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Bimodal Analgesia as Form of Pain Control Post Long Bone Fracture

This study has been withdrawn prior to enrollment.
(We were not able to enroll patients.)
Information provided by (Responsible Party):
Lars Richardson, Beth Israel Deaconess Medical Center Identifier:
First received: October 14, 2005
Last updated: March 21, 2017
Last verified: March 2017
The purpose of this prospective randomized study is to evaluate the risks and benefits of using bimodal analgesia, (i.e. Narcotics and NSAIDS) vs Narcotics alone post long bone fracture.

Condition Intervention
Tibia Fracture
Femur Fracture
Humerus Fracture
Drug: Narcotics alone
Drug: Narcotics and NSAIDS

Study Type: Interventional
Study Design: Allocation: Randomized
Intervention Model: Parallel Assignment
Masking: No masking
Primary Purpose: Treatment
Official Title: Bimodal Analgesia as Form of Pain Control Post Long Bone Fracture

Resource links provided by NLM:

Further study details as provided by Beth Israel Deaconess Medical Center:

Primary Outcome Measures:
  • pain score
  • Amount of narcotics used
  • time to fracture healing

Secondary Outcome Measures:
  • return to activity
  • complications
  • reoperation rate

Enrollment: 0
Study Start Date: October 2005
Study Completion Date: September 24, 2007
Primary Completion Date: September 24, 2007 (Final data collection date for primary outcome measure)
Detailed Description:

This will be a prospective, randomized, control trial looking at the benefit of bimodal analgesia in the treatment of long bone fractures. The traditional pain control regimen following fracture fixation typically involves a course of narcotics on an as-needed basis for pain relief. Recent data has shown that adding NSAIDS to the pain regimen as part of a bimodal approach to pain control, improves the efficacy of pain management and reduces narcotic use. Laboratory research on NSAIDs as it pertains to bone healing, however, has shown in animal models that there may be a positive association between NSAIDS and non-union rates. In other words, NSAIDS may prevent or delay bone healing. These results, however, have not been tested prospectively in humans.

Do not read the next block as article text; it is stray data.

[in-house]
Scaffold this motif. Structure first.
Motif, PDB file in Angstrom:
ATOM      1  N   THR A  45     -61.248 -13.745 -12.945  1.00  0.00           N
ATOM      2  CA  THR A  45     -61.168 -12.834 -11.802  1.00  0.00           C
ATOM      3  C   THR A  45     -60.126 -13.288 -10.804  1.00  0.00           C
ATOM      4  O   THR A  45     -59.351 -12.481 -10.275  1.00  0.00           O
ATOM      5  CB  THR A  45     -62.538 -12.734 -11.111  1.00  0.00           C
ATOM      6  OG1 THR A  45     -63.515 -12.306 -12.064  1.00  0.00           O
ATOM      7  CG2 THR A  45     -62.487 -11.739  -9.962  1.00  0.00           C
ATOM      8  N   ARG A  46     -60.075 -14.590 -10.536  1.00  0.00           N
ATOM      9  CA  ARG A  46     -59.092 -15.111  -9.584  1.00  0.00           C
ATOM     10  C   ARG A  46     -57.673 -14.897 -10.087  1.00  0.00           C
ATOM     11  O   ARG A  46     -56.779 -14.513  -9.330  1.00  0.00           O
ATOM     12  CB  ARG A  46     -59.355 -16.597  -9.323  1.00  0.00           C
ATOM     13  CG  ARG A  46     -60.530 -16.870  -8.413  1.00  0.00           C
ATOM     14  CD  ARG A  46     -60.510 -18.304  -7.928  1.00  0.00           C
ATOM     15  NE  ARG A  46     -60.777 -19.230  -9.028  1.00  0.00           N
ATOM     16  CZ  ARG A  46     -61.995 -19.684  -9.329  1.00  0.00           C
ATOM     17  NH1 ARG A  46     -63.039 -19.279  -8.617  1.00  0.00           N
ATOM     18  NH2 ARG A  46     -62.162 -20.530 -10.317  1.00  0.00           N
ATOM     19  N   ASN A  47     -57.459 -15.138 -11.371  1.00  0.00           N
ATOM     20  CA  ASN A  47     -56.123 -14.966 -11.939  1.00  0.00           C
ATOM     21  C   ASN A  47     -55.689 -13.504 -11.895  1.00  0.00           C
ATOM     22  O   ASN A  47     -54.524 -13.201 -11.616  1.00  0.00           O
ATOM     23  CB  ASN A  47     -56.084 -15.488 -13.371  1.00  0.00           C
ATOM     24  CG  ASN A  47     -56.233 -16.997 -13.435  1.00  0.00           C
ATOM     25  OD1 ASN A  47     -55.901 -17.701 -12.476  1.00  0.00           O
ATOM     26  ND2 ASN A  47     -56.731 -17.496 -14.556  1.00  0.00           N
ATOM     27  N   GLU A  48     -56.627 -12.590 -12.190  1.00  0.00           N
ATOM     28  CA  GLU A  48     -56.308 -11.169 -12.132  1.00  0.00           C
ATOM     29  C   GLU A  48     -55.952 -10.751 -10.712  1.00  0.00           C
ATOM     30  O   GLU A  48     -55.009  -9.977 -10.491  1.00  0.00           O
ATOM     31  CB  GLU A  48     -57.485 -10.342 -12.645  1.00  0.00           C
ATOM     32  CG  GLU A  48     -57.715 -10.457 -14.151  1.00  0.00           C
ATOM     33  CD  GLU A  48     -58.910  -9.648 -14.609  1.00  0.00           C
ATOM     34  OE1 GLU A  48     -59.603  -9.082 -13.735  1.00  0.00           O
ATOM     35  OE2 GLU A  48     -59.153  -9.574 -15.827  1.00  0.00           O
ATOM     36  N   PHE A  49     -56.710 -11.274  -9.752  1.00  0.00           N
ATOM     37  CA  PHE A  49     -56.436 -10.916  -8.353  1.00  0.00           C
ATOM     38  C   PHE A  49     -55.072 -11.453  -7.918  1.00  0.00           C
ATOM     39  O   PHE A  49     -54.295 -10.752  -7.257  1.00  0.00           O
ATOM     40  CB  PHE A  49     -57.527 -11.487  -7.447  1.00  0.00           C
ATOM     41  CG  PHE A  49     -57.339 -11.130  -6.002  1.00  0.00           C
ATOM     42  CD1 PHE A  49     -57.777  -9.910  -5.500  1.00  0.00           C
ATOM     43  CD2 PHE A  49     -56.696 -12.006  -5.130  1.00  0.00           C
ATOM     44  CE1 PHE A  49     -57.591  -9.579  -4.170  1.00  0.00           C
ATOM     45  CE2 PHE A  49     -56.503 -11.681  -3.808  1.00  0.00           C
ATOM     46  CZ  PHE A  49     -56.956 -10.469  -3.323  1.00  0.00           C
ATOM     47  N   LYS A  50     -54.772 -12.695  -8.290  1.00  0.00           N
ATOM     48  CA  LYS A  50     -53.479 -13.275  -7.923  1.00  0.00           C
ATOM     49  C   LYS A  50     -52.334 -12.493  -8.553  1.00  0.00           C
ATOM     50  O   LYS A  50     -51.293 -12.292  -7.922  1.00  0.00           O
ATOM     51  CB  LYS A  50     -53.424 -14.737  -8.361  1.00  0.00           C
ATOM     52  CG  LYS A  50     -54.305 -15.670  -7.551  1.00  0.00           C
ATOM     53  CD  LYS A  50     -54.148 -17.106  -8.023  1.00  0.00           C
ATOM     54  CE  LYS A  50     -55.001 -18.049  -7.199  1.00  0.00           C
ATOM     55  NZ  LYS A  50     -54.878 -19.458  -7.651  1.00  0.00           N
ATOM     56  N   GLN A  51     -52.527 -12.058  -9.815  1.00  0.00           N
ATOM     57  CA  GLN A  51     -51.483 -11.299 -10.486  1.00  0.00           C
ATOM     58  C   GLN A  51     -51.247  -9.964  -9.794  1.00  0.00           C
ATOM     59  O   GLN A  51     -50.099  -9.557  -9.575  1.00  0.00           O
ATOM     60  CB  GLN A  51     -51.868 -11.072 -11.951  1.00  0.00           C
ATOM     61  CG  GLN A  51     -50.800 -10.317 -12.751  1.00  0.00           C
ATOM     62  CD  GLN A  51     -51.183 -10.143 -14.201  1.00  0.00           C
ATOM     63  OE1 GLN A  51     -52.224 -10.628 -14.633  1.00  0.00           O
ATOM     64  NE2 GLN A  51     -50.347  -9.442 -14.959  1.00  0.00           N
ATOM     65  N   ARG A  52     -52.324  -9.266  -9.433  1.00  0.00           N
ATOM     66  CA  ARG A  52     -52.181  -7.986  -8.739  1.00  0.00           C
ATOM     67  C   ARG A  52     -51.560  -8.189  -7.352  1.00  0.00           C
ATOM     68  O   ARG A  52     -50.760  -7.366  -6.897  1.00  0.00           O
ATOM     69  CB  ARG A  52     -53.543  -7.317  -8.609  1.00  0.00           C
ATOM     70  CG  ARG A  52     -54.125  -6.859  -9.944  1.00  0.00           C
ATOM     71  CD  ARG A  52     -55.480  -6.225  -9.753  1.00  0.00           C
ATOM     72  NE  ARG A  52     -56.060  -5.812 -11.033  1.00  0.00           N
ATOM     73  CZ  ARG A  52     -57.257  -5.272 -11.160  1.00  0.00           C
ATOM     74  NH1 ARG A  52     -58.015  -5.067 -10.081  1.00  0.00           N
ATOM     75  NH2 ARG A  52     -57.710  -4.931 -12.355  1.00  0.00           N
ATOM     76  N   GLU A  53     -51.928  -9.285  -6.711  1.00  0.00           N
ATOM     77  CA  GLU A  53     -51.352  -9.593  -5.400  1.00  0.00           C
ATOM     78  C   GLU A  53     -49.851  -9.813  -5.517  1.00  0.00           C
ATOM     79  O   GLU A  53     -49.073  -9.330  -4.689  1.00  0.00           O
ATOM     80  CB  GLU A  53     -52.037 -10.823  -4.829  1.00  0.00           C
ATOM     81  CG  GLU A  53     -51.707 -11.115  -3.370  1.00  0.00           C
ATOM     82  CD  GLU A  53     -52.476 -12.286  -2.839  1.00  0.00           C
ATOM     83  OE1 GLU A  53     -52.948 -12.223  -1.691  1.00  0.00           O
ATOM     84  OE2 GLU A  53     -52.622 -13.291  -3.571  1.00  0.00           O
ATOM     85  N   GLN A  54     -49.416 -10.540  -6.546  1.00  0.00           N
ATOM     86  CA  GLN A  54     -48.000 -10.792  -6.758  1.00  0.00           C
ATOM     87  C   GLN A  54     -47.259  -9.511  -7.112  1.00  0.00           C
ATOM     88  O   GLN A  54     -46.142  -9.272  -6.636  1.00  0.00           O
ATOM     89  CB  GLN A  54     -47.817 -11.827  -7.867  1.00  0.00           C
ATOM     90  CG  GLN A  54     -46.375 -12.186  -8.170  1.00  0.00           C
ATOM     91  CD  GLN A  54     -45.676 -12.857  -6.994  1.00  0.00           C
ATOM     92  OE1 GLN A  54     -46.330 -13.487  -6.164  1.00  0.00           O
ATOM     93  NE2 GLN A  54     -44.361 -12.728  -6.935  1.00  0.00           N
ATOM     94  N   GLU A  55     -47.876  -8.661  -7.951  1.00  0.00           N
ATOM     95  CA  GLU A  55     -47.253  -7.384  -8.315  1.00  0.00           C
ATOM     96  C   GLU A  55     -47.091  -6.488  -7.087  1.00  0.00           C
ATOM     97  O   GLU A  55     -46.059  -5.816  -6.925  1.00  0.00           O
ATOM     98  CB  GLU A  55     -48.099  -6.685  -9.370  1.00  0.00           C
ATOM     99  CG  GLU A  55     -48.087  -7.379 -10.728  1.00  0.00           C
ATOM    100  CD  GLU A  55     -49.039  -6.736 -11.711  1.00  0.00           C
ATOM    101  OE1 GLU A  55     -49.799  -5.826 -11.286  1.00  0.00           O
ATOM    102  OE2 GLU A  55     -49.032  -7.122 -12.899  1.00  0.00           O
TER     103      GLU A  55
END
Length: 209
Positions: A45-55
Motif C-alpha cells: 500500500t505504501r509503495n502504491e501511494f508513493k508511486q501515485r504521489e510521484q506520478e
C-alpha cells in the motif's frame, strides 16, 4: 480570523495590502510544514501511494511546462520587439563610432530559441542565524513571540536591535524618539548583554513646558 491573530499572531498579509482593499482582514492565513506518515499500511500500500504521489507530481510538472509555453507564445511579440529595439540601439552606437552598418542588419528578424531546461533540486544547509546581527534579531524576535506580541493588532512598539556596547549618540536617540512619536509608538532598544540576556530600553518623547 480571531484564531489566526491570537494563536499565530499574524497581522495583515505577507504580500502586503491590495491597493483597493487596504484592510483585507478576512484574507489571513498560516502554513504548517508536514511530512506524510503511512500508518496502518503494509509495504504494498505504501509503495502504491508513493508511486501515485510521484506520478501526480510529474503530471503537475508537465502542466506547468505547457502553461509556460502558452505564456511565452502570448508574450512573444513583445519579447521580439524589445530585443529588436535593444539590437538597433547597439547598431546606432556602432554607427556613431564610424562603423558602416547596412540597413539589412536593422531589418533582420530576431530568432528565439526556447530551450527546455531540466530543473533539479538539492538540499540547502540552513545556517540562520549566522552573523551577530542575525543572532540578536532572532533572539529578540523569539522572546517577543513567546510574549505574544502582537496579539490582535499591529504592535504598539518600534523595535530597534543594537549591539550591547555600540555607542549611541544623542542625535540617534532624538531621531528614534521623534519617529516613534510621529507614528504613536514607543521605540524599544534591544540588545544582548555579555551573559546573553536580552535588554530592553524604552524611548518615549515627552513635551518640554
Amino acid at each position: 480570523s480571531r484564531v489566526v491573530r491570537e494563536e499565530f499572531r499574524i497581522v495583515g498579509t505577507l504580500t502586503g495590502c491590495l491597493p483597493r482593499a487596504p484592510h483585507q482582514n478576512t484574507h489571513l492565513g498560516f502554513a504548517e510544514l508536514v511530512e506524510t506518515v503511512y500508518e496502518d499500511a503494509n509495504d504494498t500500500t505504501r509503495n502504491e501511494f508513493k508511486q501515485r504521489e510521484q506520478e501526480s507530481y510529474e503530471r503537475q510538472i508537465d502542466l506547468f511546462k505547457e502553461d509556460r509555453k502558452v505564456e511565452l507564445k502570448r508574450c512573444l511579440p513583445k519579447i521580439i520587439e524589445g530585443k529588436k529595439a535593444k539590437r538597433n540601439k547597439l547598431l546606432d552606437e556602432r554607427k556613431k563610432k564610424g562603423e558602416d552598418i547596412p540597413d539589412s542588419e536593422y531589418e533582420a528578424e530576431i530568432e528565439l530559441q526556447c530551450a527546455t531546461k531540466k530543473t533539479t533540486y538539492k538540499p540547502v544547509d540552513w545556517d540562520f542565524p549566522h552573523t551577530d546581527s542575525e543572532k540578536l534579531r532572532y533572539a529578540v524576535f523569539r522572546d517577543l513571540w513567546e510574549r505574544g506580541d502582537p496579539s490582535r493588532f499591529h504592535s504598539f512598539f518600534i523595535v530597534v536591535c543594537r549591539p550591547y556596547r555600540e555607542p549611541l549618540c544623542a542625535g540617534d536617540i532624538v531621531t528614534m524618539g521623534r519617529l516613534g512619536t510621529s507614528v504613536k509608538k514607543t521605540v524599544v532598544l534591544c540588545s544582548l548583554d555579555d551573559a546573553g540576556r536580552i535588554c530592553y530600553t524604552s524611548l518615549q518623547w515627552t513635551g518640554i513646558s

The purpose of this study is to look at the combination of NSAIDS and narcotics post long bone fracture and monitor the effects on narcotic use and healing rates to ultimately and conclusively establish the risk or benefit of NSAIDS after long bone fracture.


Ages Eligible for Study:   18 Years to 100 Years   (Adult, Senior)
Sexes Eligible for Study:   All
Accepts Healthy Volunteers:   No

Inclusion Criteria:

  • skeletally mature patients over the age of 18 years
  • Fracture of Tibia, femur, or Humerus.

Exclusion Criteria:

  • Open fractures grade III
  • Open fractures with suspected compartment syndrome
  • history of prior fracture in particular limb.
  • Concurrent usage of Steroid drugs, and immunosuppressants.
  • Prior or current history of GI bleeding.
  Contacts and Locations
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Please refer to this study by its identifier: NCT00240396

United States, Massachusetts
Beth Israel Deaconess Medical Center
Boston, Massachusetts, United States, 02215
Sponsors and Collaborators
Beth Israel Deaconess Medical Center
Principal Investigator: Lars C Richardson, MD Beth Israel Deaconess Medical Center
  More Information

Responsible Party: Lars Richardson, Instructor in Orthopedic Surgery, Part-time, Beth Israel Deaconess Medical Center Identifier: NCT00240396     History of Changes
Other Study ID Numbers: 2005P000205
Study First Received: October 14, 2005
Last Updated: March 21, 2017
Individual Participant Data  
Plan to Share IPD: No

Keywords provided by Beth Israel Deaconess Medical Center:

Additional relevant MeSH terms:
Fractures, Bone
Tibial Fractures
Humeral Fractures
Femoral Fractures
Wounds and Injuries
Leg Injuries
Arm Injuries
Central Nervous System Depressants
Physiological Effects of Drugs
Sensory System Agents
Peripheral Nervous System Agents processed this record on May 25, 2017